From the porch near the house, I see Papa in the distance, shovel on his shoulder, his outline as familiar as his presence. Egrets graze along the water that moves in and across the field, alfalfa plants brightening the morning with a welcoming green. The swallows — las golondrinas — fly down and across the water, grasping at food too small for me to see. And Papa walks his field, slower now with age, his boots soaking up water, wearing them as the only lovely he knows.
This originally appeared at High Country News and is reprinted with permission.
San Isidro, the patron saint of farmers, is said to have been extremely pious. My father, on the other hand, is impatient, bossy and sometimes quick-tempered. He eats far too much sugar. San Isidro, an icon in New Mexico, is said to have had a faith larger than mountains. My father sometimes curses. Even so, I sometimes imagine him standing there in his field with San Isidro, both men just trying to find their way into a meaningful life among the seasons of growth and harvest, knowing there are never any guarantees, never any promise or prospect in this acequia life.
Acequia is a word. Acequia is a place.
Acequias evolved over 10,000 years in the deserts of the Middle East and were introduced into southern Spain by the Moors. Later, Spanish colonizers introduced acequias to the American Southwest, long before the land was claimed by the United States. Acequia is the irrigation conveyance system, the canal, all the infrastructure that delivers water from the river, the Rio Grande, to the fields. But acequia is also a way of life, a presence. Acequia defines our West in ways that I can hardly explain.
Heading out into the field, I meet Papa halfway between the house and the water’s edge. The water moves slowly, inching along between soil and plant. I imagine San Isidro next to Papa like an apparition, a spirit watching him as Papa’s hands grip the compuerta wheel, turning it counterclockwise, water rushing through as the metal gate lifts up by the strength of his aging arms and hands. It is river water that quenches the thirst of Papa’s alfalfa fields. Color of the water brown, like coffee with cream, a color cliché in the great American Southwest. The color of adobe. Color of my soul.
Papa looks at his watch as he determines the time and speed of the water over the field. “How much longer?” I ask, and he leans onto the handle of his shovel. “Another hour, mas o menos,” he replies, his “Spanglish” as familiar and reassuring to me as his worn hands and hat. He’s been up since 2 a.m., “checking the water” as they say in the valley. We remain there, just looking out into the field, each in our own thoughts. Off in the distance, a kestrel balances on the barbed wire.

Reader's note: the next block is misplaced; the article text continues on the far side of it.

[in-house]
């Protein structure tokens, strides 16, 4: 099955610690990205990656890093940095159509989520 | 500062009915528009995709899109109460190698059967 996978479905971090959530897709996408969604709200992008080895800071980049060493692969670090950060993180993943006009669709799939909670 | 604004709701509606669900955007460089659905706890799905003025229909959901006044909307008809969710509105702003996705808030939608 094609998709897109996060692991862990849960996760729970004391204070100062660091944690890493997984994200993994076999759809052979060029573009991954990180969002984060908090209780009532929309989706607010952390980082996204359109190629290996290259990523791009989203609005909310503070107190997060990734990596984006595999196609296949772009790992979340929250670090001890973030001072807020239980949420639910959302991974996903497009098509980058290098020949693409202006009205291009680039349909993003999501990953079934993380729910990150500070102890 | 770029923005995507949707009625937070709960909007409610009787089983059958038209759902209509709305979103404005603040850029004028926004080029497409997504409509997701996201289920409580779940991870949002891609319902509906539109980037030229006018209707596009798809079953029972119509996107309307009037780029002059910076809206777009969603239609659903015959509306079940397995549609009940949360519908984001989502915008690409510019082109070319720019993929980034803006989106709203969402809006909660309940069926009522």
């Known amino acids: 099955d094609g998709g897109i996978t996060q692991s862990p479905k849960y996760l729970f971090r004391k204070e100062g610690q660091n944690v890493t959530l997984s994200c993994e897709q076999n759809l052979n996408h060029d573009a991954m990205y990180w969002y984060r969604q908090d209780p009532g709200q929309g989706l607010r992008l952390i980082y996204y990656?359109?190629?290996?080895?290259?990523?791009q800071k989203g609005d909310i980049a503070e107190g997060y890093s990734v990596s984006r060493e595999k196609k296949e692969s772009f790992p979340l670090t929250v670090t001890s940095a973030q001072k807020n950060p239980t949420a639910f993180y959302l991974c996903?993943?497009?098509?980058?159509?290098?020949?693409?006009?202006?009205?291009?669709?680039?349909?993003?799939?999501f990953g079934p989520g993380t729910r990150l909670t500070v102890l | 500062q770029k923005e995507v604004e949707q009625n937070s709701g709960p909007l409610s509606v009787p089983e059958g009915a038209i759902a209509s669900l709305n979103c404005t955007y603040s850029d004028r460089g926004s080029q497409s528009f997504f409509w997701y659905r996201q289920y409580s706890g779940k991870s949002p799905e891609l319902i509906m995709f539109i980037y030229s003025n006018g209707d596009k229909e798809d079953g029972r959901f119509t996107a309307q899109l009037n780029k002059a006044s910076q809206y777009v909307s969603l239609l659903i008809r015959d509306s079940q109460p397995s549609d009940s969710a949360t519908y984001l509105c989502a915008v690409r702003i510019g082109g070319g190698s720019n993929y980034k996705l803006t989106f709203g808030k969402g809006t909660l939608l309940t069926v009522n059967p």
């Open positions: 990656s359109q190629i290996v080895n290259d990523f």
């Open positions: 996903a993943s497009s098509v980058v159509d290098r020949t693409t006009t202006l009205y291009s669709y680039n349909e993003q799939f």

I sense Papa is tired, but he won’t admit it. He labors with a hernia he won’t have fixed. To ease his arthritis, he pops large pills of ibuprofen. Rather than taking care of his diabetes, he carries miniature candy bars in the pockets of his jacket, neatly tucked away. He resents men who take vacations, watch sports on the weekend, wear sandals and lounge around in the living room. Papa irrigates fields, brands cattle, repairs tractors, and never has enough daylight. The work he loves is also wearing him down, but he can’t give it up, and so he laces on his boots every morning, devoting himself to a land that has never promised to sustain him. Water supply is shrinking, due to rising water demands and climate change, but still, he continues.
Does any part of him secretly want to give this up and buy a townhouse in Albuquerque? Would he rather spend his days in a comfortably worn recliner, changing the cable channels, watching documentaries about presidents and wars? I want to ask him, but I know his answer would be unspoken. He communicates much like the water itself, speaking only through movement.
I’ll continue to wait for the day Papa admits he is tired. Until then, I imagine him alongside San Isidro, not because my father is a saint, but because he both inspires and baffles me. San Isidro is often depicted as a humble man, a saint bowing his head. As the golondrinas circle around us, Papa takes a similar stance: He leans on the handle of his shovel, tool of the earthen acequia, speaking the unspoken language of this land he just cannot give up.
Leeanna T. Torres is a native daughter of the American Southwest whose essays have been published in Blue Mesa Review, Tupelo Quarterly and Natural Wonders, an anthology by Sowing Creek Press (2018).